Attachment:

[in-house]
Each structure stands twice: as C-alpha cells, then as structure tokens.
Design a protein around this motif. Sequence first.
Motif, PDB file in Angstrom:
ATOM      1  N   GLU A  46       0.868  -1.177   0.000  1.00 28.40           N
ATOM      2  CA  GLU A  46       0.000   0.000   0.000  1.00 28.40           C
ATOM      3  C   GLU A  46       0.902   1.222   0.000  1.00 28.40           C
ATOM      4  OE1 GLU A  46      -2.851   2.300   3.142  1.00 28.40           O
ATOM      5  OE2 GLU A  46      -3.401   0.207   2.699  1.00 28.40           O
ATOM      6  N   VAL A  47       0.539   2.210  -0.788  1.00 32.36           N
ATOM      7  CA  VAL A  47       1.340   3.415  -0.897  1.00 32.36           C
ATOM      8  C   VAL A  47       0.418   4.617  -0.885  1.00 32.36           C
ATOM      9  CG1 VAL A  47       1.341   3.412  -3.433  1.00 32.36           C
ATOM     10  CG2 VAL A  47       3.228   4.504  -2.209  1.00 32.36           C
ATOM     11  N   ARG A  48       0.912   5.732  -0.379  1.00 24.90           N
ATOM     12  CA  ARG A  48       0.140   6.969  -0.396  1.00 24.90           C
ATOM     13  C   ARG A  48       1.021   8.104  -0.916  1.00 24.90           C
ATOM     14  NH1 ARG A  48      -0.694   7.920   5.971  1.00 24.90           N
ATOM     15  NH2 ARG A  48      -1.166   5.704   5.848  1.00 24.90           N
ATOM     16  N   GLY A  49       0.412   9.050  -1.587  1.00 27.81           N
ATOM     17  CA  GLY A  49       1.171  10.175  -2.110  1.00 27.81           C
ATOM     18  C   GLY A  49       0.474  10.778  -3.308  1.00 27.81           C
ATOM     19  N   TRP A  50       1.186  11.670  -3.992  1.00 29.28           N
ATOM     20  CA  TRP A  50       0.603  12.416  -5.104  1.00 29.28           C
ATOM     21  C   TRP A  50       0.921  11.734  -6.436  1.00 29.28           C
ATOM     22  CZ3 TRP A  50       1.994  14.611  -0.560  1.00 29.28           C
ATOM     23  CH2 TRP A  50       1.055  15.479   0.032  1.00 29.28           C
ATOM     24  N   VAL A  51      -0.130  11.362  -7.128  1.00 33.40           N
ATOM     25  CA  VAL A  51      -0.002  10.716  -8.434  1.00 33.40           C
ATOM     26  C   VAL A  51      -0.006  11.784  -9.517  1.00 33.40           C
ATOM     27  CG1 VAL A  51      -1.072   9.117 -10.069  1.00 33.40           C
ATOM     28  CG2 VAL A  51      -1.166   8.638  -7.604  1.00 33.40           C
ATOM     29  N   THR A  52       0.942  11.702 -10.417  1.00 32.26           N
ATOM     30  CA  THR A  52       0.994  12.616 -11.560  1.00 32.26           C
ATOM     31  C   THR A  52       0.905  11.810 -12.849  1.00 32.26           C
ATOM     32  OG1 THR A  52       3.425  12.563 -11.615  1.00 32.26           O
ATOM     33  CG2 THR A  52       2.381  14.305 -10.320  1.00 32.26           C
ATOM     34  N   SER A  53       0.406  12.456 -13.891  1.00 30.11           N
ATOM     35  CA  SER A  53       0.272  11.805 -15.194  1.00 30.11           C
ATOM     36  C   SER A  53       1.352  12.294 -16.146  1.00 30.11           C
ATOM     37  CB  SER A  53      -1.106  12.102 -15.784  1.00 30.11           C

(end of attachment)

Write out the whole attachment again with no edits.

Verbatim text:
[in-house]
Each structure stands twice: as C-alpha cells, then as structure tokens.
Design a protein around this motif. Sequence first.
Motif, PDB file in Angstrom:
ATOM      1  N   GLU A  46       0.868  -1.177   0.000  1.00 28.40           N
ATOM      2  CA  GLU A  46       0.000   0.000   0.000  1.00 28.40           C
ATOM      3  C   GLU A  46       0.902   1.222   0.000  1.00 28.40           C
ATOM      4  OE1 GLU A  46      -2.851   2.300   3.142  1.00 28.40           O
ATOM      5  OE2 GLU A  46      -3.401   0.207   2.699  1.00 28.40           O
ATOM      6  N   VAL A  47       0.539   2.210  -0.788  1.00 32.36           N
ATOM      7  CA  VAL A  47       1.340   3.415  -0.897  1.00 32.36           C
ATOM      8  C   VAL A  47       0.418   4.617  -0.885  1.00 32.36           C
ATOM      9  CG1 VAL A  47       1.341   3.412  -3.433  1.00 32.36           C
ATOM     10  CG2 VAL A  47       3.228   4.504  -2.209  1.00 32.36           C
ATOM     11  N   ARG A  48       0.912   5.732  -0.379  1.00 24.90           N
ATOM     12  CA  ARG A  48       0.140   6.969  -0.396  1.00 24.90           C
ATOM     13  C   ARG A  48       1.021   8.104  -0.916  1.00 24.90           C
ATOM     14  NH1 ARG A  48      -0.694   7.920   5.971  1.00 24.90           N
ATOM     15  NH2 ARG A  48      -1.166   5.704   5.848  1.00 24.90           N
ATOM     16  N   GLY A  49       0.412   9.050  -1.587  1.00 27.81           N
ATOM     17  CA  GLY A  49       1.171  10.175  -2.110  1.00 27.81           C
ATOM     18  C   GLY A  49       0.474  10.778  -3.308  1.00 27.81           C
ATOM     19  N   TRP A  50       1.186  11.670  -3.992  1.00 29.28           N
ATOM     20  CA  TRP A  50       0.603  12.416  -5.104  1.00 29.28           C
ATOM     21  C   TRP A  50       0.921  11.734  -6.436  1.00 29.28           C
ATOM     22  CZ3 TRP A  50       1.994  14.611  -0.560  1.00 29.28           C
ATOM     23  CH2 TRP A  50       1.055  15.479   0.032  1.00 29.28           C
ATOM     24  N   VAL A  51      -0.130  11.362  -7.128  1.00 33.40           N
ATOM     25  CA  VAL A  51      -0.002  10.716  -8.434  1.00 33.40           C
ATOM     26  C   VAL A  51      -0.006  11.784  -9.517  1.00 33.40           C
ATOM     27  CG1 VAL A  51      -1.072   9.117 -10.069  1.00 33.40           C
ATOM     28  CG2 VAL A  51      -1.166   8.638  -7.604  1.00 33.40           C
ATOM     29  N   THR A  52       0.942  11.702 -10.417  1.00 32.26           N
ATOM     30  CA  THR A  52       0.994  12.616 -11.560  1.00 32.26           C
ATOM     31  C   THR A  52       0.905  11.810 -12.849  1.00 32.26           C
ATOM     32  OG1 THR A  52       3.425  12.563 -11.615  1.00 32.26           O
ATOM     33  CG2 THR A  52       2.381  14.305 -10.320  1.00 32.26           C
ATOM     34  N   SER A  53       0.406  12.456 -13.891  1.00 30.11           N
ATOM     35  CA  SER A  53       0.272  11.805 -15.194  1.00 30.11           C
ATOM     36  C   SER A  53       1.352  12.294 -16.146  1.00 30.11           C
ATOM     37  CB  SER A  53      -1.106  12.102 -15.784  1.00 30.11           C